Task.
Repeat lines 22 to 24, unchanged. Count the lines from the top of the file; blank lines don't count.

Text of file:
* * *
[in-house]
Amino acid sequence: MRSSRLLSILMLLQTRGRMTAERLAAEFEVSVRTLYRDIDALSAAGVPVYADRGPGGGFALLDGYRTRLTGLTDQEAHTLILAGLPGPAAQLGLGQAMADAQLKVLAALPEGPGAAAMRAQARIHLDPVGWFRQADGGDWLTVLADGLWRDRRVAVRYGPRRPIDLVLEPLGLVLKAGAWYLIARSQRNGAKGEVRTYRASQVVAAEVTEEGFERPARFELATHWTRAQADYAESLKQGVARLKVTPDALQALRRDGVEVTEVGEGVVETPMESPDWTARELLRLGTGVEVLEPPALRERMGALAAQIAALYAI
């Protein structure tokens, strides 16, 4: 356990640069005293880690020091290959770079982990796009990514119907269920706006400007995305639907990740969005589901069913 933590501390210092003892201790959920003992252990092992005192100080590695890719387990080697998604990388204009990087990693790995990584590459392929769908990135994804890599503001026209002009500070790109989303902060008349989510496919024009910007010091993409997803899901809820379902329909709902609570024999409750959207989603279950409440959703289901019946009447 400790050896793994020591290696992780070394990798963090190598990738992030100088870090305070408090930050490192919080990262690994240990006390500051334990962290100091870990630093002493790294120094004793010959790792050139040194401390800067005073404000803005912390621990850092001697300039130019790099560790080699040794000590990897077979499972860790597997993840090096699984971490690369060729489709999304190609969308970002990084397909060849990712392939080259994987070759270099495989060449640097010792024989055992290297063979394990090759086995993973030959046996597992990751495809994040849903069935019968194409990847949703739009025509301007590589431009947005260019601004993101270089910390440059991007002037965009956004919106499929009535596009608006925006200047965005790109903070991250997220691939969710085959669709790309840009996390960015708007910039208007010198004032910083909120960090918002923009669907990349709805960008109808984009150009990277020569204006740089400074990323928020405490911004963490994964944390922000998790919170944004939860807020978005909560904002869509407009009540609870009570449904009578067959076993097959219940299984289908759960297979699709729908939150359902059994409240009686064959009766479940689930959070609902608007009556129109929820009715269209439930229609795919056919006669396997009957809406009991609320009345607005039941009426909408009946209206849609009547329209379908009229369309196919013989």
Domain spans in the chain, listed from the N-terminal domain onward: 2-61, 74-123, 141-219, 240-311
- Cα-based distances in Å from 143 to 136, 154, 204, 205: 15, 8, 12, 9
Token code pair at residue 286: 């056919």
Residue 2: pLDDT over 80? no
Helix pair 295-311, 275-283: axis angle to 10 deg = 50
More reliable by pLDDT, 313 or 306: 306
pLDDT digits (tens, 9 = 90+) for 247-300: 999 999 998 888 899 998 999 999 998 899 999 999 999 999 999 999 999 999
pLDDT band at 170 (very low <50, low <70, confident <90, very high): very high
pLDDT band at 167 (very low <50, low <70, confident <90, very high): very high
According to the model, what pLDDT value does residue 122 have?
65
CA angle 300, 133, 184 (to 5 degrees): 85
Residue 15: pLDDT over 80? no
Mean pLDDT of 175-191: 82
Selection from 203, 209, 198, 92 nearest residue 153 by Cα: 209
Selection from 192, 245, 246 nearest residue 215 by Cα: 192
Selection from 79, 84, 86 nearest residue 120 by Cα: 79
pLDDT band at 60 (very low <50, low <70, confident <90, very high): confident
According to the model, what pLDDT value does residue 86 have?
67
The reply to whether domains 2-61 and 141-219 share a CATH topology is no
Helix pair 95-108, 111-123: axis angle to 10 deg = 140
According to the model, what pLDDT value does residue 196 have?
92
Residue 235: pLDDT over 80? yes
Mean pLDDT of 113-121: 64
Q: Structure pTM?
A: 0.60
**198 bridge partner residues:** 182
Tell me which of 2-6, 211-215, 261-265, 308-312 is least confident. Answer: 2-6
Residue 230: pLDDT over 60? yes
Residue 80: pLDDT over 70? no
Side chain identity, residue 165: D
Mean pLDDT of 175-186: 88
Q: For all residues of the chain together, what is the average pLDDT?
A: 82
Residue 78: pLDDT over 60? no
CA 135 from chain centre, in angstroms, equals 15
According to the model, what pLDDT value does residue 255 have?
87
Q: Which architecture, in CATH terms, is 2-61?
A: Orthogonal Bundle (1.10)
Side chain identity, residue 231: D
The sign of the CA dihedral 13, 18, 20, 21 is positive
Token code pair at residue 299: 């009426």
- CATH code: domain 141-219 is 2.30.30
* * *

According to the model, what pLDDT value does residue 86 have?
67
The reply to whether domains 2-61 and 141-219 share a CATH topology is no